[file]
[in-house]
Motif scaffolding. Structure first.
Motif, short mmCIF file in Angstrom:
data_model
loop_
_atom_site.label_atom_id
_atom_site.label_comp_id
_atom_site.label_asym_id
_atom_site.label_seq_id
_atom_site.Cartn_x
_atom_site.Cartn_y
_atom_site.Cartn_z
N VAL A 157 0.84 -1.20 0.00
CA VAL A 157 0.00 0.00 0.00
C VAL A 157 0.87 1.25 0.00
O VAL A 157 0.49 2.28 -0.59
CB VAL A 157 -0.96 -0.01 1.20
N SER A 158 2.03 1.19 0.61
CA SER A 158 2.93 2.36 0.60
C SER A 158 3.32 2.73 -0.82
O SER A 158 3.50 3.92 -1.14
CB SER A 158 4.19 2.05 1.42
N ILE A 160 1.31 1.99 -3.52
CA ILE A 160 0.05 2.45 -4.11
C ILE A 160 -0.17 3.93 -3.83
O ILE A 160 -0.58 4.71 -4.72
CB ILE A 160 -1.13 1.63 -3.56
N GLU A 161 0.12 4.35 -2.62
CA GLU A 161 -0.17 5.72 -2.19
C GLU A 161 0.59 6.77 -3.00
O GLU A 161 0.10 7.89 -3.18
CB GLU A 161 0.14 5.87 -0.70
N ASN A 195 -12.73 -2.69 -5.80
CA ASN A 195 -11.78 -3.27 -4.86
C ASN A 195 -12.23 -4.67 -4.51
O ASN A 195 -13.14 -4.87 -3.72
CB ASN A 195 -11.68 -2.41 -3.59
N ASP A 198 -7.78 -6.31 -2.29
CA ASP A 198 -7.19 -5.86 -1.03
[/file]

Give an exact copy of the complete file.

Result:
[in-house]
Motif scaffolding. Structure first.
Motif, short mmCIF file in Angstrom:
data_model
loop_
_atom_site.label_atom_id
_atom_site.label_comp_id
_atom_site.label_asym_id
_atom_site.label_seq_id
_atom_site.Cartn_x
_atom_site.Cartn_y
_atom_site.Cartn_z
N VAL A 157 0.84 -1.20 0.00
CA VAL A 157 0.00 0.00 0.00
C VAL A 157 0.87 1.25 0.00
O VAL A 157 0.49 2.28 -0.59
CB VAL A 157 -0.96 -0.01 1.20
N SER A 158 2.03 1.19 0.61
CA SER A 158 2.93 2.36 0.60
C SER A 158 3.32 2.73 -0.82
O SER A 158 3.50 3.92 -1.14
CB SER A 158 4.19 2.05 1.42
N ILE A 160 1.31 1.99 -3.52
CA ILE A 160 0.05 2.45 -4.11
C ILE A 160 -0.17 3.93 -3.83
O ILE A 160 -0.58 4.71 -4.72
CB ILE A 160 -1.13 1.63 -3.56
N GLU A 161 0.12 4.35 -2.62
CA GLU A 161 -0.17 5.72 -2.19
C GLU A 161 0.59 6.77 -3.00
O GLU A 161 0.10 7.89 -3.18
CB GLU A 161 0.14 5.87 -0.70
N ASN A 195 -12.73 -2.69 -5.80
CA ASN A 195 -11.78 -3.27 -4.86
C ASN A 195 -12.23 -4.67 -4.51
O ASN A 195 -13.14 -4.87 -3.72
CB ASN A 195 -11.68 -2.41 -3.59
N ASP A 198 -7.78 -6.31 -2.29
CA ASP A 198 -7.19 -5.86 -1.03